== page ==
When I get into cocktail-party conversation about language and politics, someone inevitably says “and of course there’s the rise of China.” It seems like any conversation these days has to work in the rise-of-China angle. Technology is changing society? Well, it’s the flood of cheap tech from China. Worried about your job? It’s the rise of China. Terrified of nuclear Iran? If only that rising China would stop resisting sanctions. What’s for lunch? Well, we’d all better develop a taste for Chinese food.
I was reminded of this walking down New York’s Park Avenue last night, when I saw a pre-school offering immersion courses in French, Italian, Spanish and Chinese. For years now, we’ve been seeing stories like this: Manhattan parents, always eager to steal some advantage for their children, are hiring Mandarin-speaking nannies, so their children can learn what some see as the language of the future.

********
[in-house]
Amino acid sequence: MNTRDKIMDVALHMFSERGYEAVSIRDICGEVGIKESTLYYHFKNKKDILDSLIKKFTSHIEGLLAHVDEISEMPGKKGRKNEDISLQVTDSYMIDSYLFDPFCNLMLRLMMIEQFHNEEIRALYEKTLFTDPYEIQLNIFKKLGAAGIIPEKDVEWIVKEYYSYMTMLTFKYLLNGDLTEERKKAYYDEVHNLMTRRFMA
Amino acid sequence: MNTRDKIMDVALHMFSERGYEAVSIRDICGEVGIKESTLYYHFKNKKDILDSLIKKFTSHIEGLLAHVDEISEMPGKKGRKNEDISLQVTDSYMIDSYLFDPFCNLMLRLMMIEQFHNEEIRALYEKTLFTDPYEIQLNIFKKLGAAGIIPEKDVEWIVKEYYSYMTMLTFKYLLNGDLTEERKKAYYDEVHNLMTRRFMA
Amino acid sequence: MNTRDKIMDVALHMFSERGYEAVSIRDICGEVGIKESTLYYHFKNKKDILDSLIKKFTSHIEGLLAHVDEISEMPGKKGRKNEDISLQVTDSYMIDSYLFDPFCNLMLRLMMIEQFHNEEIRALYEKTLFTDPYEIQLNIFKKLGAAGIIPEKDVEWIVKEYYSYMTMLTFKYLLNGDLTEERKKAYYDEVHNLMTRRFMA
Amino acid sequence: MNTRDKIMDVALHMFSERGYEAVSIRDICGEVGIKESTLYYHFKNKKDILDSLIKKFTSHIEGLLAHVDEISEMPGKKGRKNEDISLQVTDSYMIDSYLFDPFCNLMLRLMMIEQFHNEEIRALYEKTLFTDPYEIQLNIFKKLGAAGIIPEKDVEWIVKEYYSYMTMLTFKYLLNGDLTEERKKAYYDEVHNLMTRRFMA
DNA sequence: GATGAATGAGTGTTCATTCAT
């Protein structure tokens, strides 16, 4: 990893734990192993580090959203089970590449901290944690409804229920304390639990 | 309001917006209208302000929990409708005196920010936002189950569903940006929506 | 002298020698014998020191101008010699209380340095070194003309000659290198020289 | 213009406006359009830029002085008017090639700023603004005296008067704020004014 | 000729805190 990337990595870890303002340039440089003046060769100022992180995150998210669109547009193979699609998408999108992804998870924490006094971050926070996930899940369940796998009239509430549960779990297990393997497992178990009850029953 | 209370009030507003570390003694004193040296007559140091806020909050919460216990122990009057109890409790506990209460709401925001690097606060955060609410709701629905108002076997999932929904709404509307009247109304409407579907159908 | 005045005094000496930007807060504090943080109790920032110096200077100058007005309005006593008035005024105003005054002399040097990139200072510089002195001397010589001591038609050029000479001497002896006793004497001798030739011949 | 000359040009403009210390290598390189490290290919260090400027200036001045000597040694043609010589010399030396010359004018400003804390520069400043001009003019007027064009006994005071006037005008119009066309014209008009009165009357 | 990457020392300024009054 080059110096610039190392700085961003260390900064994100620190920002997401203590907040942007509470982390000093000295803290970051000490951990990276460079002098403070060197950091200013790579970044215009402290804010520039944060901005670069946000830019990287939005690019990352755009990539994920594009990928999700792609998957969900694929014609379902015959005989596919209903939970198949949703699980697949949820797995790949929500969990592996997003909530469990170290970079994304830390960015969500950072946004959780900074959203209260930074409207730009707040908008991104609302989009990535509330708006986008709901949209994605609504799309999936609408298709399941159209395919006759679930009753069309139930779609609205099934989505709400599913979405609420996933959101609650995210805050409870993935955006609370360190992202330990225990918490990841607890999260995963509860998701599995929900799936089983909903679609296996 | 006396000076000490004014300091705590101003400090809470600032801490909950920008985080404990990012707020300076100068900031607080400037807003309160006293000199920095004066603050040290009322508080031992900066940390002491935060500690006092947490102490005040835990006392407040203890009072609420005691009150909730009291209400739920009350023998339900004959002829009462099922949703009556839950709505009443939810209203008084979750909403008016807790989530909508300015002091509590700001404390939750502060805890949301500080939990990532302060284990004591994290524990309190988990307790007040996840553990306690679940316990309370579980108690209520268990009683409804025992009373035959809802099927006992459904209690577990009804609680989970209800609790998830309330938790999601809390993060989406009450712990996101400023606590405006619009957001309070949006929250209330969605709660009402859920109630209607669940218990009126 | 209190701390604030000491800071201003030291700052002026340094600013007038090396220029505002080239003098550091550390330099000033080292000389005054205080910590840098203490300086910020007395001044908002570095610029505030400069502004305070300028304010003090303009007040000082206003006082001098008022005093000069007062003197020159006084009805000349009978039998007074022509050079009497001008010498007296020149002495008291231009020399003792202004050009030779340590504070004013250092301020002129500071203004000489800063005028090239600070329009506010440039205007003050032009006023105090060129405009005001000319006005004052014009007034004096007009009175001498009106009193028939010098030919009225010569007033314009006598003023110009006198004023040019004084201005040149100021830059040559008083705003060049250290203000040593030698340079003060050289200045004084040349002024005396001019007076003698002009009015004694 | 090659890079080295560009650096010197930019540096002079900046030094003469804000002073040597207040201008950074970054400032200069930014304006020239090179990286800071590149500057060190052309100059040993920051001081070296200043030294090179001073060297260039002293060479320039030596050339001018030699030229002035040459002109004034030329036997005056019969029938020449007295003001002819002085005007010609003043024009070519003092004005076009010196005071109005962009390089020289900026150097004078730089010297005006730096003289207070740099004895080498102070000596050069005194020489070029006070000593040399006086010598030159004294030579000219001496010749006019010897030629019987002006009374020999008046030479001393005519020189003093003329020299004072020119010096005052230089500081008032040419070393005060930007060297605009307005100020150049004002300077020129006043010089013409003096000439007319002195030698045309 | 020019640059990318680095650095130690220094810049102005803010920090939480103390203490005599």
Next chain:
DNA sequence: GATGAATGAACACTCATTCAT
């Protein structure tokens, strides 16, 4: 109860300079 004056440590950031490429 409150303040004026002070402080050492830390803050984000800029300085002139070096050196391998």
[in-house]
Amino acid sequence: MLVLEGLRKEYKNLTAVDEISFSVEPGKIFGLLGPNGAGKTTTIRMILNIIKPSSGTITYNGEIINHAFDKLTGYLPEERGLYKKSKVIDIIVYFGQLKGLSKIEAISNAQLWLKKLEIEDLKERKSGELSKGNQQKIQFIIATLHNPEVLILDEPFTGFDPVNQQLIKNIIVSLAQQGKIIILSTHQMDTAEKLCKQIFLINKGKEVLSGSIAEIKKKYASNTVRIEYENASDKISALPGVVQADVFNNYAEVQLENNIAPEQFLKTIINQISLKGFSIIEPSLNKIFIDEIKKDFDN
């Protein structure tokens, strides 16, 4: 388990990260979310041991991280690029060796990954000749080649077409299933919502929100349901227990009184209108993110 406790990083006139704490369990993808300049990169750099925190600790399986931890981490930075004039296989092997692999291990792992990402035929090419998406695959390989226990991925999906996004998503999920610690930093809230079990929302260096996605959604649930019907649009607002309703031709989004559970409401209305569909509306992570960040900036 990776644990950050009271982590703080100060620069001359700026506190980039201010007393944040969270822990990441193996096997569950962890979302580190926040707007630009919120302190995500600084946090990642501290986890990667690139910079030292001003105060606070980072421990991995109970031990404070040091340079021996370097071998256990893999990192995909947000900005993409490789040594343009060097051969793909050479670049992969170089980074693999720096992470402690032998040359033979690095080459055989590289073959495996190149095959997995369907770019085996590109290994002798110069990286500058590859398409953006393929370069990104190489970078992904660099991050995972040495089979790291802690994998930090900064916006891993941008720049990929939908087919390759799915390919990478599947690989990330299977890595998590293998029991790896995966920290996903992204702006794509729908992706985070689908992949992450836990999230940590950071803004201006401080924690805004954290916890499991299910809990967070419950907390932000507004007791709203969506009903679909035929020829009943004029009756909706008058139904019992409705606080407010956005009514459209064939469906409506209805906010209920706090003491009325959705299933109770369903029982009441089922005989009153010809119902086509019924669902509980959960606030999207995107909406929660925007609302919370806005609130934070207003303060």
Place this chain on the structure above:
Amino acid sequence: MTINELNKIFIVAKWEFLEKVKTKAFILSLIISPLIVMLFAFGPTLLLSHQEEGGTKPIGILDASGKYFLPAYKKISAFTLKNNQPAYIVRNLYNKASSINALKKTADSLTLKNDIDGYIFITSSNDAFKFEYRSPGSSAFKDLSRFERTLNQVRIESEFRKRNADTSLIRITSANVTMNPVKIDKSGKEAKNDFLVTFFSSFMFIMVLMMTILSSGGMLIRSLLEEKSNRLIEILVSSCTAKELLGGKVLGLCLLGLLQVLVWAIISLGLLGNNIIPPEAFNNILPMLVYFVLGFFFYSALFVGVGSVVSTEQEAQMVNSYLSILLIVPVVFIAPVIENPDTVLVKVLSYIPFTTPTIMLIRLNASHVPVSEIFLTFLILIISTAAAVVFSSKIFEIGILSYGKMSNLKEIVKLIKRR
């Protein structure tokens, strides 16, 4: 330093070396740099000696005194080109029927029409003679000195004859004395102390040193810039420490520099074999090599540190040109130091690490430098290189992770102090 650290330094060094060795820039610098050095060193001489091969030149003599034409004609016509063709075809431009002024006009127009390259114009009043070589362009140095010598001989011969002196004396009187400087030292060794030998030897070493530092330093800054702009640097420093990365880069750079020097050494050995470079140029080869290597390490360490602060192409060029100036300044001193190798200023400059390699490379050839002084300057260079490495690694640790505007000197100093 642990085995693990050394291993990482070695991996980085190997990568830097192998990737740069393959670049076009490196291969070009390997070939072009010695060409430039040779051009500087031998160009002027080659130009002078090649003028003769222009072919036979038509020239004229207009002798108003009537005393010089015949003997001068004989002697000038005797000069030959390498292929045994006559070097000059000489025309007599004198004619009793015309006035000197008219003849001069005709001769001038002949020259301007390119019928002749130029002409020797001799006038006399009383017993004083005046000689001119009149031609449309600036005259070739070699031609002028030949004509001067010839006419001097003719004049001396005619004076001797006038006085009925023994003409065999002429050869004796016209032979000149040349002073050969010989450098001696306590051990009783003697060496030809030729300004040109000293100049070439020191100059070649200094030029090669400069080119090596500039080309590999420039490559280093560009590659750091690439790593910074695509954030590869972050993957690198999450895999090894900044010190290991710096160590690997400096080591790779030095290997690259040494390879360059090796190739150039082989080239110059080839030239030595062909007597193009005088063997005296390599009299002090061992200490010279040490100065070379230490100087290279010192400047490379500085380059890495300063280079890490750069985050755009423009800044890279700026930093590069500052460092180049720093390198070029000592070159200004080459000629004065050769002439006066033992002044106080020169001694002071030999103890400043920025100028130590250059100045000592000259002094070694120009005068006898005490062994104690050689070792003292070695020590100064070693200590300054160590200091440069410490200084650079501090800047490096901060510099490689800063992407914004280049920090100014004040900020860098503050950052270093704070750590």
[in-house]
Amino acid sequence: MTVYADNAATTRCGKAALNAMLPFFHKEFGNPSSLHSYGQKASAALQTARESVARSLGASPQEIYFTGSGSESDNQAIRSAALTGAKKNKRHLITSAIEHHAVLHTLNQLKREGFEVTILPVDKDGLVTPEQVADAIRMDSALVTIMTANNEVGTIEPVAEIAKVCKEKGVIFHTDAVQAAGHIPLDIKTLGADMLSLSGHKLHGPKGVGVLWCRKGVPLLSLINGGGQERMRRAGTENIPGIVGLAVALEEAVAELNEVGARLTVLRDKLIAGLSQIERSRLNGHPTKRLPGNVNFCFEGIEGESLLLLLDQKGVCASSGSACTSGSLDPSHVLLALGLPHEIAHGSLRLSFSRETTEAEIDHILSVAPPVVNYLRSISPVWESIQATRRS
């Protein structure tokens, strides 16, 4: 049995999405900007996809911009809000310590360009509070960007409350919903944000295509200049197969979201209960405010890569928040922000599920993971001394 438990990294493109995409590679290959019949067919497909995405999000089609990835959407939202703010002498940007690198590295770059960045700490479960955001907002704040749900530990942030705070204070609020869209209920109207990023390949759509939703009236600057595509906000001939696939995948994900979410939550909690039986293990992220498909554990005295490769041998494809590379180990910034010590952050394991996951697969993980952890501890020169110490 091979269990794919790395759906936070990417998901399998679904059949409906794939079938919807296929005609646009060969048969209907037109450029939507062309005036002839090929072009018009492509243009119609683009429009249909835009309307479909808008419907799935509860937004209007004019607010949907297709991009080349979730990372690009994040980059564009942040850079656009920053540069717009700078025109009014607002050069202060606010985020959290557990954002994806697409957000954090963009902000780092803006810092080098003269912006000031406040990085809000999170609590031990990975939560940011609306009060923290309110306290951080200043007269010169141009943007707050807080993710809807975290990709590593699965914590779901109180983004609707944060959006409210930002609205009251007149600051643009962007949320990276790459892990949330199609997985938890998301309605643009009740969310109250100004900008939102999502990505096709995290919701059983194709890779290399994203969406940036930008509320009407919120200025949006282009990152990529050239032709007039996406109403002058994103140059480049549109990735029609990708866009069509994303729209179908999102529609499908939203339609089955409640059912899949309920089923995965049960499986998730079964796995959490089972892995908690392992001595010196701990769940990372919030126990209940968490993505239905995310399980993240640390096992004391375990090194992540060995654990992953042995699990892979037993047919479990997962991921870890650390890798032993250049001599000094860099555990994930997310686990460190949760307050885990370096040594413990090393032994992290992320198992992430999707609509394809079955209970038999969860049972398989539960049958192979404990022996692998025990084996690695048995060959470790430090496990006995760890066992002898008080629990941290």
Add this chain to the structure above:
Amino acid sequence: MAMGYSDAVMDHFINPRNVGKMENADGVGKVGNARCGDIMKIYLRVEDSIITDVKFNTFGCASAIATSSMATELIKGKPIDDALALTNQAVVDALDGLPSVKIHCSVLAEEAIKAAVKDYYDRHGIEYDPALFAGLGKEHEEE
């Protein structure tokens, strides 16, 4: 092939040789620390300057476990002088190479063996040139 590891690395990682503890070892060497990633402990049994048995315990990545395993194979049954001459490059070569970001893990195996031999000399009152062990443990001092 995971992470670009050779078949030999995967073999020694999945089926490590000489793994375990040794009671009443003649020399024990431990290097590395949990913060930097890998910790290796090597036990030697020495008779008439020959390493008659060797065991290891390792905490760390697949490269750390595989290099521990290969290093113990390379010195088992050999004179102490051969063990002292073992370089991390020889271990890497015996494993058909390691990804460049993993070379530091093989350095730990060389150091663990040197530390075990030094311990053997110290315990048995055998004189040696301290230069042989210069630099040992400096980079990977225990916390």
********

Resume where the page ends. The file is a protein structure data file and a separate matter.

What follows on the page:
But while China’s rise is real, Chinese is in no way rising at the same rate. Yes, Mandarin Chinese is the world’s most commonly spoken language, if you simply count the number of speakers. But the rub is that they’re almost all in China. Yes, we’ve also read that Mandarin is advancing in Hong Kong, Taiwan and overseas Chinese communities (which have traditionally spoken one of China’s other languages, such as Cantonese). And China is trying to expand the use of the language through the expansion of its overseas Confucius Institutes. But English remains the world’s most important language. America’s superpower status has made it everyone’s favourite second language. This is where its power lies. A Japanese businessman does deals in Sweden in English. A German airline pilot landing in Milan speaks English to the tower. English is also the language of writing intended for an international audience, whether scientific, commercial or literary.